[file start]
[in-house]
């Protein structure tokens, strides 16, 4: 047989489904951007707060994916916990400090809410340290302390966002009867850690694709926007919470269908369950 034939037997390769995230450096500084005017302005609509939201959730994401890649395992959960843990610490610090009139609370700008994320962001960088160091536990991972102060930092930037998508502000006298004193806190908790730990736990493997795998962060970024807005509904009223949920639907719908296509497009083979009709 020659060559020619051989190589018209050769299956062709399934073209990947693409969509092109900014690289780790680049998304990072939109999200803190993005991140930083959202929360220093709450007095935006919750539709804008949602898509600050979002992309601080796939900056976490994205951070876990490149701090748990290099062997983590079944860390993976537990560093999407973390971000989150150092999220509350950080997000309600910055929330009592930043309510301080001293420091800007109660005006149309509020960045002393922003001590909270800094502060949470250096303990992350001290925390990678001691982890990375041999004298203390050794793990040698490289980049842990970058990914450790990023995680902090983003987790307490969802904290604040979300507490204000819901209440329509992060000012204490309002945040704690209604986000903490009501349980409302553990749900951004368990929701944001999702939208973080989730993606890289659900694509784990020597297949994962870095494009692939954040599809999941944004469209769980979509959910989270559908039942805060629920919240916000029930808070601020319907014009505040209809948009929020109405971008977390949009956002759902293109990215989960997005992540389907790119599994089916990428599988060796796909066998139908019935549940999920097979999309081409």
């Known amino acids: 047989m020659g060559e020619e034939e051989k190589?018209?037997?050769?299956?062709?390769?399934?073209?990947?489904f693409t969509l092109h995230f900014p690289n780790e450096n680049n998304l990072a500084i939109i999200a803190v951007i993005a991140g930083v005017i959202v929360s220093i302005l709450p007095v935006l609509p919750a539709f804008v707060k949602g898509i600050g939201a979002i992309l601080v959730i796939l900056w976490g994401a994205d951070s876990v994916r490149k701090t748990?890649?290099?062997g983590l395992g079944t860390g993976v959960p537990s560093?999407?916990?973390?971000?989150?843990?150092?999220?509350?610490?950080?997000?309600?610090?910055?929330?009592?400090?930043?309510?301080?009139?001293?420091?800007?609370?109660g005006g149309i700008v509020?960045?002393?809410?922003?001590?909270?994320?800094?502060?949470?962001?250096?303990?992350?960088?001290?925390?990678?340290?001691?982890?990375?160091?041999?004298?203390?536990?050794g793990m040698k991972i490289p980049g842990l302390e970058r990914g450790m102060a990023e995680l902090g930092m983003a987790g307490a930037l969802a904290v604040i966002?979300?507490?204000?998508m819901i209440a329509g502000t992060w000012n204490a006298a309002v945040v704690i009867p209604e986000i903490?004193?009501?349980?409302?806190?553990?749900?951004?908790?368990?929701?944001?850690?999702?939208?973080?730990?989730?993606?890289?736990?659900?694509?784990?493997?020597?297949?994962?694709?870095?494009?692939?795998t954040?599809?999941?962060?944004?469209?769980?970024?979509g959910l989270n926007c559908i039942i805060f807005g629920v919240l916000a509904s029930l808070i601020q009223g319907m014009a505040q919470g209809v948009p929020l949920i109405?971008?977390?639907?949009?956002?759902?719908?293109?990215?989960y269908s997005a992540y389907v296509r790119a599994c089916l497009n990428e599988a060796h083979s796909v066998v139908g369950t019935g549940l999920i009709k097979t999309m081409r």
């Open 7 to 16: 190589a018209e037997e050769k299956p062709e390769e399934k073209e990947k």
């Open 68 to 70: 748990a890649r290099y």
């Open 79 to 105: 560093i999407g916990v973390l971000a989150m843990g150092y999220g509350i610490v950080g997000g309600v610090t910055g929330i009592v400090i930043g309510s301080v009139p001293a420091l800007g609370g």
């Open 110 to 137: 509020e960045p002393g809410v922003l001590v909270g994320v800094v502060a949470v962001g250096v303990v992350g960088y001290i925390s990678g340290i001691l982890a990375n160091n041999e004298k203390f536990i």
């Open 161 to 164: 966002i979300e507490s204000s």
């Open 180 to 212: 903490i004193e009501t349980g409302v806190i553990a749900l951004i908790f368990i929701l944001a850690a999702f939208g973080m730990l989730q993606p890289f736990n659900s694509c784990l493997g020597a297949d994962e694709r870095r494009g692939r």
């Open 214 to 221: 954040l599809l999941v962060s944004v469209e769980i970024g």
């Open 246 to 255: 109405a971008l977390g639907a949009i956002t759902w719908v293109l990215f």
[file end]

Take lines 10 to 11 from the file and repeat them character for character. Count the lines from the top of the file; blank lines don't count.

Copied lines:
């Open 214 to 221: 954040l599809l999941v962060s944004v469209e769980i970024g």
């Open 246 to 255: 109405a971008l977390g639907a949009i956002t759902w719908v293109l990215f």